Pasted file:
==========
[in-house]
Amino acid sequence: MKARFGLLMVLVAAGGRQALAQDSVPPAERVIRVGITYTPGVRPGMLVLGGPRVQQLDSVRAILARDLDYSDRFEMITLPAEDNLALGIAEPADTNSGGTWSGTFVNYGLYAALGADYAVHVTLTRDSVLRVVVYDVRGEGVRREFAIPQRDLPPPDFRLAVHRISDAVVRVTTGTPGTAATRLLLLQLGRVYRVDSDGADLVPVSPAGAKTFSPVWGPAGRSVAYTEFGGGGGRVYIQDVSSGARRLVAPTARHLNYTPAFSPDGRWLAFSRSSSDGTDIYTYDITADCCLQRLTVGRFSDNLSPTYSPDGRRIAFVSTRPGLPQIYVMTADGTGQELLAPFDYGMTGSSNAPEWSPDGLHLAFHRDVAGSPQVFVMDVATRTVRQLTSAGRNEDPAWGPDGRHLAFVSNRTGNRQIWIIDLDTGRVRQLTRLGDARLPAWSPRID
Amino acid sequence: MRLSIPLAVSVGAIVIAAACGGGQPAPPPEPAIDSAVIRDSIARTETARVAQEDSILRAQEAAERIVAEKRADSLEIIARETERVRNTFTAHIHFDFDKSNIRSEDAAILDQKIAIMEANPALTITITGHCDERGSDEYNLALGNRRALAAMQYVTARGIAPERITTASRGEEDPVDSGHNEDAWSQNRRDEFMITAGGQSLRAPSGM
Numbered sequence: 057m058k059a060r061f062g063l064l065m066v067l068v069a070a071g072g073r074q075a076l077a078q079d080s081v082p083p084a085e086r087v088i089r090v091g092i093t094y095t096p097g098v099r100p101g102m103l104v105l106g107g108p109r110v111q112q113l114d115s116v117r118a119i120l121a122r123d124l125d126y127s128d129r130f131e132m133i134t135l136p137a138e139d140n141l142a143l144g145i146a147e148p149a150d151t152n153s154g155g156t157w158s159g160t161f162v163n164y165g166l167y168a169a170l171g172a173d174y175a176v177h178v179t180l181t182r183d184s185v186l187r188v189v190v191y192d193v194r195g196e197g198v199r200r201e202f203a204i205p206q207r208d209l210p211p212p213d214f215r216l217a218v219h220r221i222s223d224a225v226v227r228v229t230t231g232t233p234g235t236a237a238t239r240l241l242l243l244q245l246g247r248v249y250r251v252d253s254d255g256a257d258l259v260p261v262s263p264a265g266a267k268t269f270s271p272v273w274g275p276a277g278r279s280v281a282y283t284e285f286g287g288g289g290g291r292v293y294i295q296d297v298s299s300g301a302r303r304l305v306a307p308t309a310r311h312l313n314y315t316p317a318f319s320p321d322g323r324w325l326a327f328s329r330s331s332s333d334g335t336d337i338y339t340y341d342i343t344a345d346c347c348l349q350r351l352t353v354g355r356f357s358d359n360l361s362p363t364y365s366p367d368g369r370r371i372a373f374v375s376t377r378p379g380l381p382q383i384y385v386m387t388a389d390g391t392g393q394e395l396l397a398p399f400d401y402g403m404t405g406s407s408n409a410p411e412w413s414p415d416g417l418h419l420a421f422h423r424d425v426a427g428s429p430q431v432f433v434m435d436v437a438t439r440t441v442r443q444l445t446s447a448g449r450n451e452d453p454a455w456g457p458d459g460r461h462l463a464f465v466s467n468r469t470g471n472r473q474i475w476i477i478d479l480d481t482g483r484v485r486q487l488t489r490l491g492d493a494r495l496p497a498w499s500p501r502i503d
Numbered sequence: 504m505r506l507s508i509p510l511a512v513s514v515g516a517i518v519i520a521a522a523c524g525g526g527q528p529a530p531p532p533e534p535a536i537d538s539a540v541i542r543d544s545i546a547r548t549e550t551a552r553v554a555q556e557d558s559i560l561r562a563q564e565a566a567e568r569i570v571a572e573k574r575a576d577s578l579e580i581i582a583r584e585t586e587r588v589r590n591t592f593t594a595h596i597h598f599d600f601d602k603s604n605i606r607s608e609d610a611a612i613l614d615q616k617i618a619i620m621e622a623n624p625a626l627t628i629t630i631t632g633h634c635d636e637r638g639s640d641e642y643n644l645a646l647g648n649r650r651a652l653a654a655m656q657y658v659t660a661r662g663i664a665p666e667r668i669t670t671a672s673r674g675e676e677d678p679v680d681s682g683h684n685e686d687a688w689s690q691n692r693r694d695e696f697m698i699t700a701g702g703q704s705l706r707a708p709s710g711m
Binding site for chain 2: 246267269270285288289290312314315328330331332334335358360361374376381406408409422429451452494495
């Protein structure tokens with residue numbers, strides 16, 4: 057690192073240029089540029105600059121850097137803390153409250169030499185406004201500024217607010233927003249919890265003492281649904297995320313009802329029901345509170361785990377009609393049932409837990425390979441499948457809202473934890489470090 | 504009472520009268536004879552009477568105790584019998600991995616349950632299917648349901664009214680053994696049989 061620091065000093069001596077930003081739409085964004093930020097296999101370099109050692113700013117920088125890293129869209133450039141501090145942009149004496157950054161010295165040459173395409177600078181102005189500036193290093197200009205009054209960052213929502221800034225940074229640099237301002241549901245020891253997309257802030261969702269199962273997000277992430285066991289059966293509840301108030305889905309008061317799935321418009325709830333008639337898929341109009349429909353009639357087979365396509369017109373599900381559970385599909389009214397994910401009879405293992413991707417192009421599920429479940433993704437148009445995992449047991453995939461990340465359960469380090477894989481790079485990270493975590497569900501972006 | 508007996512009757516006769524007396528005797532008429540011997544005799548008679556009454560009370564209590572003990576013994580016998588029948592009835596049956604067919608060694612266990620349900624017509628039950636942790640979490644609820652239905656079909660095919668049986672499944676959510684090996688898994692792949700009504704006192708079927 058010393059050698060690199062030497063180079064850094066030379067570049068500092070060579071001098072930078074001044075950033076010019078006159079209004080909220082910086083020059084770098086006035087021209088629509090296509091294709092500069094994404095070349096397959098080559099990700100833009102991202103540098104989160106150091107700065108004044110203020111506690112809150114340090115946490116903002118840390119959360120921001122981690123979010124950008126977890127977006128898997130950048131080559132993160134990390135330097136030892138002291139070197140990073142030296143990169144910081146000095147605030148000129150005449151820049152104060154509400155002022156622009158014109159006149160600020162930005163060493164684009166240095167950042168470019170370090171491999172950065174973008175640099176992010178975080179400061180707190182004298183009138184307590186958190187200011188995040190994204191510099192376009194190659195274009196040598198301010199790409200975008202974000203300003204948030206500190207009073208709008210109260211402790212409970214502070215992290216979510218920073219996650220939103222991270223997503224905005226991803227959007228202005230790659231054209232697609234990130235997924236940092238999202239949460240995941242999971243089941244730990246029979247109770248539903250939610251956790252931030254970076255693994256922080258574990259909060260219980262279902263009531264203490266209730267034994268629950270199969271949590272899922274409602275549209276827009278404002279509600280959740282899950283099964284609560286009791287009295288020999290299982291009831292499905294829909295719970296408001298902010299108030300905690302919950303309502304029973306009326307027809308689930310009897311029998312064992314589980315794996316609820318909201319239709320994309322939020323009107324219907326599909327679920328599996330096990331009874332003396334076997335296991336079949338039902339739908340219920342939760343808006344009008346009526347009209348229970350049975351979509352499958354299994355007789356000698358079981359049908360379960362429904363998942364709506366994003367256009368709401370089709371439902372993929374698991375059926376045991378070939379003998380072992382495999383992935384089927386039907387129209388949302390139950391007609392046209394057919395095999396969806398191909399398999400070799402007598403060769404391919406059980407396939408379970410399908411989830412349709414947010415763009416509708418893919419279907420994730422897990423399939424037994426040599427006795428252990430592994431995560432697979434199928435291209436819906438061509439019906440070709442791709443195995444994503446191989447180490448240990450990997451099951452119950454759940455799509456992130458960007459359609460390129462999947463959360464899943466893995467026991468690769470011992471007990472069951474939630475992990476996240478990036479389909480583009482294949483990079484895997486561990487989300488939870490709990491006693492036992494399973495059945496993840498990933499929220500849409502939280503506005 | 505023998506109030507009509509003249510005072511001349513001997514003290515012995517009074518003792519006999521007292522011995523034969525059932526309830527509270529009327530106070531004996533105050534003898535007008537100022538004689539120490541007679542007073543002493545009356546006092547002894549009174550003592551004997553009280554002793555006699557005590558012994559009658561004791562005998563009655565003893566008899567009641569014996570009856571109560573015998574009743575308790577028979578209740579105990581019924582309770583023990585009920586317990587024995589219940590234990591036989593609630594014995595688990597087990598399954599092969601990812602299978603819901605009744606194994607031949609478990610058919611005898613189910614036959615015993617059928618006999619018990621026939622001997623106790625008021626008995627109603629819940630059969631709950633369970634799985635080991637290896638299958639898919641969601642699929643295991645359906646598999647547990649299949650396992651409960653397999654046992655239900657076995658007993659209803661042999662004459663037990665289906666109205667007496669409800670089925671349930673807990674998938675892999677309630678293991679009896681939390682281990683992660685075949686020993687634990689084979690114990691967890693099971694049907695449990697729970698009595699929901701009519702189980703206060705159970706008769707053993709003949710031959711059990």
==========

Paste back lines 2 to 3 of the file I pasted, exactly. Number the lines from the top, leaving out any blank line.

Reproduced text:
Amino acid sequence: MKARFGLLMVLVAAGGRQALAQDSVPPAERVIRVGITYTPGVRPGMLVLGGPRVQQLDSVRAILARDLDYSDRFEMITLPAEDNLALGIAEPADTNSGGTWSGTFVNYGLYAALGADYAVHVTLTRDSVLRVVVYDVRGEGVRREFAIPQRDLPPPDFRLAVHRISDAVVRVTTGTPGTAATRLLLLQLGRVYRVDSDGADLVPVSPAGAKTFSPVWGPAGRSVAYTEFGGGGGRVYIQDVSSGARRLVAPTARHLNYTPAFSPDGRWLAFSRSSSDGTDIYTYDITADCCLQRLTVGRFSDNLSPTYSPDGRRIAFVSTRPGLPQIYVMTADGTGQELLAPFDYGMTGSSNAPEWSPDGLHLAFHRDVAGSPQVFVMDVATRTVRQLTSAGRNEDPAWGPDGRHLAFVSNRTGNRQIWIIDLDTGRVRQLTRLGDARLPAWSPRID
Amino acid sequence: MRLSIPLAVSVGAIVIAAACGGGQPAPPPEPAIDSAVIRDSIARTETARVAQEDSILRAQEAAERIVAEKRADSLEIIARETERVRNTFTAHIHFDFDKSNIRSEDAAILDQKIAIMEANPALTITITGHCDERGSDEYNLALGNRRALAAMQYVTARGIAPERITTASRGEEDPVDSGHNEDAWSQNRRDEFMITAGGQSLRAPSGM